Owning the hair loss process

This is why I had my head shaved before starting chemo.

When you are facing a cancer diagnosis, one of the most upsetting parts of this new reality is brought sharply into focus. Any illusion of control that you thought you had over your life is gone.

You are at this weird standstill – an emotional purgatory where you really aren’t able to give much thought to future plans because all of it hinges upon what the next test result discovers. Plus, there are typically days and weeks of waiting for critical, what does my future hold results. It completely sucks.

Even when you are strong in faith, you’re still human, and being on the receiving end of this kind of news, (i.e., it might be treatable, but then again it might be terminal) is, to say the least, chilling.

I distinctly remember sitting on the edge of the exam table in my breast surgeon’s office when she gave me the news that the second lumpectomy revealed more extensive disease. Up to that point, I hadn’t really worried too much. But in that moment, as I tried my best to listen to everything she was saying despite the pounding in my ears and mounting inner fear, I privately wondered “Oh my gosh, am I going to die from this?”

Shortly after that appointment, my husband and I met with the chemo nurse. Over the course of an hour, she went over the possible regimens, side effects, risks and patient acknowledgements we needed to be aware of before moving forward. It was a lot to take in; once we got back to the car, no one was in the mood to pick where we should go to lunch, despite the fact that we were both hungry. Instead, we just sat in the car and had ourselves a good, brief, but very necessary what in the actual hell cry.

Then, like any self-respecting Texans would do, we went out for Mexican.

As we both took time to process the deluge of new, scary and overwhelming information, we did our own research on all the things and then came back together to talk brass tacks.

For me, I told him it was a priority to own the hair loss process. I wasn’t the least bit interested in waiting for my hair to fall out on its own, as I’d read too many accounts of the literal mess it creates, falling out unevenly and haphazardly, to say nothing of how jarring it is for women to see themselves in this state when they look in the mirror. My mind was already swirling with enough possible scenarios already; adding to the mix any chance of chaotic hair everywhere in the house except for on my head sounded awful.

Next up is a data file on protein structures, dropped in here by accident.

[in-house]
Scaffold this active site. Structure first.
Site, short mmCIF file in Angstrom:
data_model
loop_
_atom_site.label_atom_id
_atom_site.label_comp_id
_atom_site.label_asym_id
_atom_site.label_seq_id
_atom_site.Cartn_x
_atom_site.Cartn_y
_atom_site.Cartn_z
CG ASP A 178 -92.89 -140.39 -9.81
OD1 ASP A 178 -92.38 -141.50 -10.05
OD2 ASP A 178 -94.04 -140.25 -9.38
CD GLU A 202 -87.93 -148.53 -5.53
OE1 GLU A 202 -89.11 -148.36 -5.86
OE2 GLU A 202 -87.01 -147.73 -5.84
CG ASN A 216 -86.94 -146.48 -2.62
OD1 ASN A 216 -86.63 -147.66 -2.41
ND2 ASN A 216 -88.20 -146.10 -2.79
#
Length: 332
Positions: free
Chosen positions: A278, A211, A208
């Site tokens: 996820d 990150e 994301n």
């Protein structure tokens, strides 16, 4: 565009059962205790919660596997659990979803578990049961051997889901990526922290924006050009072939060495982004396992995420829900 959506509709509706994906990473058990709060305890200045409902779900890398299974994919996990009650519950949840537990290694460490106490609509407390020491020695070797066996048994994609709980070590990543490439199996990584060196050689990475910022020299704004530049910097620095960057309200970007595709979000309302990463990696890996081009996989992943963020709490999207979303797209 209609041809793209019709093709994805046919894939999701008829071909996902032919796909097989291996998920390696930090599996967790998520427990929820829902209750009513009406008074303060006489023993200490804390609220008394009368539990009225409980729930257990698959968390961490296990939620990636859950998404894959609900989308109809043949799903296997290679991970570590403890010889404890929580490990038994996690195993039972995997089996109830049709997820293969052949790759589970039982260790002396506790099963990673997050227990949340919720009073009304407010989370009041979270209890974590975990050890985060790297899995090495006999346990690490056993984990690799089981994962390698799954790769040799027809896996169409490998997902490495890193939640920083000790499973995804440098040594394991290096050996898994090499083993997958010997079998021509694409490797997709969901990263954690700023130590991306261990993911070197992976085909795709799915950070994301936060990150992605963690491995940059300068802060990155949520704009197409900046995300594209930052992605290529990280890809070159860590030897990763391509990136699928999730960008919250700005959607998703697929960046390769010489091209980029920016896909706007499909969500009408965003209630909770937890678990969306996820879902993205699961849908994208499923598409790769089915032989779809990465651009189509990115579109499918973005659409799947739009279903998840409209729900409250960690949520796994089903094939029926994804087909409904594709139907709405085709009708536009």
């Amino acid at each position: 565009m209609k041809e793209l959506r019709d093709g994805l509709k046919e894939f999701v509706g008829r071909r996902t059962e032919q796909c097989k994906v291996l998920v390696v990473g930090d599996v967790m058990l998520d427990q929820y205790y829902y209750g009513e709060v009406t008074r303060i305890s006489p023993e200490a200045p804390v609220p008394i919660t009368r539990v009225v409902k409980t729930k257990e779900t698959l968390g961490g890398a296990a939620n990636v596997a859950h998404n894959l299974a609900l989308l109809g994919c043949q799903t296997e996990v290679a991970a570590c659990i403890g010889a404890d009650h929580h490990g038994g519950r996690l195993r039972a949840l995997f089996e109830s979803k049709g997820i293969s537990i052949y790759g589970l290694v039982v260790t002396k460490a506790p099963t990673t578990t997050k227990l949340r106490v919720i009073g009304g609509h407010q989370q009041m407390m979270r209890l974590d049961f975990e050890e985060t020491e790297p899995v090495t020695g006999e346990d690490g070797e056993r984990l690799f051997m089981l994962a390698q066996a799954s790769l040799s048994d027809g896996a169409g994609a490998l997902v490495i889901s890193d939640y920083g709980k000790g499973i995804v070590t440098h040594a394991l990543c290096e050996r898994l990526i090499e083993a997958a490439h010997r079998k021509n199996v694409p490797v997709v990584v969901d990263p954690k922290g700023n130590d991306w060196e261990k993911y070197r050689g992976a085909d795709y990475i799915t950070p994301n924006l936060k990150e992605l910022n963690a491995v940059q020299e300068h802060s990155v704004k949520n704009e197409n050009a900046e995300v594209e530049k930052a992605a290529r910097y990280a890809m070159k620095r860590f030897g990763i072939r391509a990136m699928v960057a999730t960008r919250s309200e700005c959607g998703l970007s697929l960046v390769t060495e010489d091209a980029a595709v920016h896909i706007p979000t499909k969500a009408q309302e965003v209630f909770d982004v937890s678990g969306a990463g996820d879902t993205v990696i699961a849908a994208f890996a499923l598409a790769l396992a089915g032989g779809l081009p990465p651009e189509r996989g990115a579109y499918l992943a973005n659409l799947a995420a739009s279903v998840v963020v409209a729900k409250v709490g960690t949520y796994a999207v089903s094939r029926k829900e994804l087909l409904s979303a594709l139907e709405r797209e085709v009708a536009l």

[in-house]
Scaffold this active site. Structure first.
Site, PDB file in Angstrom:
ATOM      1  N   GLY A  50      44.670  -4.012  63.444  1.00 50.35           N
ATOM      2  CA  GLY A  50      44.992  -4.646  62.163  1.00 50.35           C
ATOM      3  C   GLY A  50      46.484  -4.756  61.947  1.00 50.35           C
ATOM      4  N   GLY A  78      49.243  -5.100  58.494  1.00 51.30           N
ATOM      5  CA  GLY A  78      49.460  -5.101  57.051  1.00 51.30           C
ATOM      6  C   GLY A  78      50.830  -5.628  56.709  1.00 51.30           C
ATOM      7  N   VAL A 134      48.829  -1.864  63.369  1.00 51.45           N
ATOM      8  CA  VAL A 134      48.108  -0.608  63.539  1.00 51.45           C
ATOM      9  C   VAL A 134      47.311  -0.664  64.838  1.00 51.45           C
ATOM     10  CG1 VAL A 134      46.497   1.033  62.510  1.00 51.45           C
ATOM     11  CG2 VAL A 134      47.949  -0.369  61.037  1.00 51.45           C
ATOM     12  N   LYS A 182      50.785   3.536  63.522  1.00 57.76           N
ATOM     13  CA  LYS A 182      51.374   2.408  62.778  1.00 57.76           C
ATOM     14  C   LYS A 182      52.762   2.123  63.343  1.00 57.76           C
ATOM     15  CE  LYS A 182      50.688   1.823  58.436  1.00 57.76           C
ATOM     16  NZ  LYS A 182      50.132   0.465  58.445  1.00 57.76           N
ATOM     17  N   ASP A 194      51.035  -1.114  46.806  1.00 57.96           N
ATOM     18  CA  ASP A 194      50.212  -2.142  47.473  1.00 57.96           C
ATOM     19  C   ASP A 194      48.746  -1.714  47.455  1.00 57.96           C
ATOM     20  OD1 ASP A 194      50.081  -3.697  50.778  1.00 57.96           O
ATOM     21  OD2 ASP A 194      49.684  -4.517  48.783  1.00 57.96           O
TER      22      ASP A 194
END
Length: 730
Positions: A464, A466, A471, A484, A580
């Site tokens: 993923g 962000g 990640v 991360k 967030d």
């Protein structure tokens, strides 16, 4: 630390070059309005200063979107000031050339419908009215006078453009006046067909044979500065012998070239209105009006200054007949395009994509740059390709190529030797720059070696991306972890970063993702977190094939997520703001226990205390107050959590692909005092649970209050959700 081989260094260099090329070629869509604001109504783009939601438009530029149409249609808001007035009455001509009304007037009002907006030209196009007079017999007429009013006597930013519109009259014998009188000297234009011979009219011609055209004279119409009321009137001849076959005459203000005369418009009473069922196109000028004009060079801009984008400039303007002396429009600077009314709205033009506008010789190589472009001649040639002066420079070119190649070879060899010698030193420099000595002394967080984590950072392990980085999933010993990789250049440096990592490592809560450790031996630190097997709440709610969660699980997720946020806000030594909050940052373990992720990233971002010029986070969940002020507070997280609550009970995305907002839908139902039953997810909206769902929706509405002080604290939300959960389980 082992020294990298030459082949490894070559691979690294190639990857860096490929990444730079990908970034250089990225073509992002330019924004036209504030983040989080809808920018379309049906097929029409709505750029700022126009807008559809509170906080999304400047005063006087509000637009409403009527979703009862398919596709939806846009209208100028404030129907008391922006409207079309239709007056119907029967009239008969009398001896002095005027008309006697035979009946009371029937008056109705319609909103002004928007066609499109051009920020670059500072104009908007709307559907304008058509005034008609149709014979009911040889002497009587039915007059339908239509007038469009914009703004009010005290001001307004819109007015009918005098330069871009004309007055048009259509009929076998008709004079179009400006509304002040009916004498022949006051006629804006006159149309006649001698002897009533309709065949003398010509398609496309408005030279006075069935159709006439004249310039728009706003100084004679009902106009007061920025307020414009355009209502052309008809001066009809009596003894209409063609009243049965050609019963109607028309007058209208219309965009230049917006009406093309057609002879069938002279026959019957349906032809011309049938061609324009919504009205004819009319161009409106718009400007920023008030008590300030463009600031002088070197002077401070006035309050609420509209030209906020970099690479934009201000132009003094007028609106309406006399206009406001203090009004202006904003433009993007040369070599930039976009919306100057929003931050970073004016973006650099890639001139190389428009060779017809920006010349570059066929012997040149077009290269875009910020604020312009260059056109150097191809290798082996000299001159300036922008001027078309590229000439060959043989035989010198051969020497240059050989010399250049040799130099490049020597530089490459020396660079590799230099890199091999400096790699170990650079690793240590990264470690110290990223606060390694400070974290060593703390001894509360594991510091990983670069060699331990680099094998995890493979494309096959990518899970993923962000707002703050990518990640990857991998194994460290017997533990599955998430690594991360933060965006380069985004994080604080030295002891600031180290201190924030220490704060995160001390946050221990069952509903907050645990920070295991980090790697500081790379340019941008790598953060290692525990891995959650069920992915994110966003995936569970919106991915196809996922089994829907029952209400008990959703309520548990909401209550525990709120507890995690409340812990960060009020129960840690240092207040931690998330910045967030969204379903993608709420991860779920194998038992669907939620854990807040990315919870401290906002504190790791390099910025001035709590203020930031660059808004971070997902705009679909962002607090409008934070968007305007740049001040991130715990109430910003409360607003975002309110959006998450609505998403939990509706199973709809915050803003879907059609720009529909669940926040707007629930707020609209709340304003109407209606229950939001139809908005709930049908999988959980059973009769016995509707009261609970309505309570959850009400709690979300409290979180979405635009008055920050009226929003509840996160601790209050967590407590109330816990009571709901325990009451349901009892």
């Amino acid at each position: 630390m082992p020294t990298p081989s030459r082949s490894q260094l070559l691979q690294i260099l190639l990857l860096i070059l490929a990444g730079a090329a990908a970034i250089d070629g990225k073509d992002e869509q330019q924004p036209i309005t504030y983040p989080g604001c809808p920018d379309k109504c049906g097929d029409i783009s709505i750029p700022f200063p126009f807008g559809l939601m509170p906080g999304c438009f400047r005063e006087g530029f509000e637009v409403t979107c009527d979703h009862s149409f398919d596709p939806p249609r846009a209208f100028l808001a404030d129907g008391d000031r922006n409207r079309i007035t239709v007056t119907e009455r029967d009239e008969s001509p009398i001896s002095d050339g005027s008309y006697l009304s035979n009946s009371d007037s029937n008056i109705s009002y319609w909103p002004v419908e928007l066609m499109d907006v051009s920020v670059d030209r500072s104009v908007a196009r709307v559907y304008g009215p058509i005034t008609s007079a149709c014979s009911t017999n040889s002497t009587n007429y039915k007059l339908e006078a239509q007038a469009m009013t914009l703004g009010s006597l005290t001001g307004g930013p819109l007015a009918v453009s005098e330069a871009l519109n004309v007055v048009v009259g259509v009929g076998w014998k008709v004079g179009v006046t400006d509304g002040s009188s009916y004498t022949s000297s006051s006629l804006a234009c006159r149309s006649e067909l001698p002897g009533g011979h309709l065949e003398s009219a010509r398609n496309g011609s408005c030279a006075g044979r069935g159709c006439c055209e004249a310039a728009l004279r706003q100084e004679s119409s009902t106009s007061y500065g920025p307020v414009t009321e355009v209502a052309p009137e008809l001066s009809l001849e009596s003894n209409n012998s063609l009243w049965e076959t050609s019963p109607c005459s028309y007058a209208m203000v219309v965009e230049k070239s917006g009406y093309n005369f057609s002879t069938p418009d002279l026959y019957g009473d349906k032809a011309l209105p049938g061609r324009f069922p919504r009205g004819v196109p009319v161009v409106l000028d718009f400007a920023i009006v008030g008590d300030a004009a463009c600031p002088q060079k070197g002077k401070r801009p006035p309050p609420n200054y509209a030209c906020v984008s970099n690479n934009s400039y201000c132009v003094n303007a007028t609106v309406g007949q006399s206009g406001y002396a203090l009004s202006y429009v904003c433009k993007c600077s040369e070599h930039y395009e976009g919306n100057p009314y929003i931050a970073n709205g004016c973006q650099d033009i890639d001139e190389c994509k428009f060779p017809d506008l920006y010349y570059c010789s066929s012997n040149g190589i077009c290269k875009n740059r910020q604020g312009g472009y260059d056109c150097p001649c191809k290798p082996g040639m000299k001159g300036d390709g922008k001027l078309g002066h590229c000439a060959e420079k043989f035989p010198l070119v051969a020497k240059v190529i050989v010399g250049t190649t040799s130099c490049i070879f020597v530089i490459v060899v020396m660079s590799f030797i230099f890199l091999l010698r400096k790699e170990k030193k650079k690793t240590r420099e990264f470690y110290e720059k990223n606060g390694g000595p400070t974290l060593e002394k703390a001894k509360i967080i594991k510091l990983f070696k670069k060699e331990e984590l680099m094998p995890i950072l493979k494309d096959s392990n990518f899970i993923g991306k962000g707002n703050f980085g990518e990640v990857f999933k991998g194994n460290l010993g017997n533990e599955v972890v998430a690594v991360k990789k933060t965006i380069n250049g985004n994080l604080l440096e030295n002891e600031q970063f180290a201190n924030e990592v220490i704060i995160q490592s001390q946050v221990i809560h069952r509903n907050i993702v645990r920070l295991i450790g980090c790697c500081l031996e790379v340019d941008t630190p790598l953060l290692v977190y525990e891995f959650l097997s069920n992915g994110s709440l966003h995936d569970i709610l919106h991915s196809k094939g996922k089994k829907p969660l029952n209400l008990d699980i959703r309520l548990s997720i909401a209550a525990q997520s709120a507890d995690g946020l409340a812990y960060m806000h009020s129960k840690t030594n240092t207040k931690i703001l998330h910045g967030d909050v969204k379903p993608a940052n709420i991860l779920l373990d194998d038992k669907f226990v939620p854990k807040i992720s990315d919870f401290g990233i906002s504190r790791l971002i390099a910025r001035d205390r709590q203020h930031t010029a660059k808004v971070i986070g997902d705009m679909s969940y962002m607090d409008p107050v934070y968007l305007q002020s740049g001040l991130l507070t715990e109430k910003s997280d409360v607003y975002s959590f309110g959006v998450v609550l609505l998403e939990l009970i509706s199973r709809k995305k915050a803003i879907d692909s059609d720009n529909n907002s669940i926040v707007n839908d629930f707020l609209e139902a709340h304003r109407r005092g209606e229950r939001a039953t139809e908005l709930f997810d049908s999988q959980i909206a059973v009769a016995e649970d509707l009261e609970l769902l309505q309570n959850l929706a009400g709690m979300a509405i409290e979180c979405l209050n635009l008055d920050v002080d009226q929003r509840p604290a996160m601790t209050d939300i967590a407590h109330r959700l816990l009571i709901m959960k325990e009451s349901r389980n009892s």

So I called Lucy, my friend and hair stylist since we first moved to Texas, and we hatched a plan. A week before my first infusion, we would shave my head in her private salon suite. The privacy was important to me as this was all still very new and I did not want to go to a Sports Clips with everyone and their brother observing.

I had no idea how I would react, and this just isn’t the kind of thing where you want the peanut gallery watching. It’s emotional and intimate – I couldn’t bear the thought of having a bunch of onlookers spectating.

Another dear friend, Lauren, is a professional photographer in the area (local peeps, you’ve likely seen her work in Living Magazine – she’s crazy talented). Lauren has experienced cancer-related loss in her own life, and ministered to me in a beautiful way using her God-given photography skills. At several key points throughout active treatment, Lauren chronicled the moments, including the images I share in this post. She continues to bless me with her friendship, her life wisdom and her good heart.

The Walden boys of course wanted to show their support for soon to be bald me as well, so Rett and I reluctantly agreed to let our son get a mohawk (thankfully Rett just stuck with a head shave himself).

And so what could have been a really difficult afternoon instead turned out to be a celebration of sorts. It was like this all-out declaration that we were going to fight like hell the whole way through. Not only that, we were going to have each other’s backs, even when the going would get tough (we had no idea then just how tough).

I teared up a time or two during the head shave, but for the most part, I felt like an empowered and well-supported badass.

By the time I was 19 days out from the first chemo administration, the little hairs that had grown since my head shave were falling out. I’d wake up to find little brown fuzzies all over my pillow.

It affected me more than I thought it would, given that I had taken charge and proactively had my head shaved. While I wasn’t outright depressed (yet, more on that topic later), this was irrefutable confirmation that this is really real, and I could now expect to start losing hair everywhere.

Even still, if I had to do it all over again, I would 1000% repeat having my head shaved upfront. It will always be emotional, as it signals the loss that is taking place – and it drastically changes your appearance. As I read from a wise survivor the other day (wish I could l remember her name to give credit where it’s due), “Yes, it’s just hair but it’s my hair. Cancer-related hair loss is not the same as deciding to cut your hair short.”

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